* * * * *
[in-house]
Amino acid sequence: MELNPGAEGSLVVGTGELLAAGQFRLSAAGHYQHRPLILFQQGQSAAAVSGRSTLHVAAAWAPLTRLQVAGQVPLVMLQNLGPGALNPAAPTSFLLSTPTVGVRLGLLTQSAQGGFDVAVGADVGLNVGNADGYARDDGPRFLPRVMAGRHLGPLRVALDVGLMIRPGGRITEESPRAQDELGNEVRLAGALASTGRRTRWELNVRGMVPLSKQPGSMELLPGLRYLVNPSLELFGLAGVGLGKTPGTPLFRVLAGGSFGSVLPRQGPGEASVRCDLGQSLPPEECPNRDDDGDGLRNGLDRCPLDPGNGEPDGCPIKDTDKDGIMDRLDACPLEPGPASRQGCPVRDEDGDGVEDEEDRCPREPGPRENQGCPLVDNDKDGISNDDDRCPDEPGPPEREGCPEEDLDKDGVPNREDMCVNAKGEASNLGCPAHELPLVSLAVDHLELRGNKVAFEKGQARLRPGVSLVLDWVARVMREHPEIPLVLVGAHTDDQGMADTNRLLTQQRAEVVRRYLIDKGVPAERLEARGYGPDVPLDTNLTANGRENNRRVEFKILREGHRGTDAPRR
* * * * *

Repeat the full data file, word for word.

[in-house]
Amino acid sequence: MELNPGAEGSLVVGTGELLAAGQFRLSAAGHYQHRPLILFQQGQSAAAVSGRSTLHVAAAWAPLTRLQVAGQVPLVMLQNLGPGALNPAAPTSFLLSTPTVGVRLGLLTQSAQGGFDVAVGADVGLNVGNADGYARDDGPRFLPRVMAGRHLGPLRVALDVGLMIRPGGRITEESPRAQDELGNEVRLAGALASTGRRTRWELNVRGMVPLSKQPGSMELLPGLRYLVNPSLELFGLAGVGLGKTPGTPLFRVLAGGSFGSVLPRQGPGEASVRCDLGQSLPPEECPNRDDDGDGLRNGLDRCPLDPGNGEPDGCPIKDTDKDGIMDRLDACPLEPGPASRQGCPVRDEDGDGVEDEEDRCPREPGPRENQGCPLVDNDKDGISNDDDRCPDEPGPPEREGCPEEDLDKDGVPNREDMCVNAKGEASNLGCPAHELPLVSLAVDHLELRGNKVAFEKGQARLRPGVSLVLDWVARVMREHPEIPLVLVGAHTDDQGMADTNRLLTQQRAEVVRRYLIDKGVPAERLEARGYGPDVPLDTNLTANGRENNRRVEFKILREGHRGTDAPRR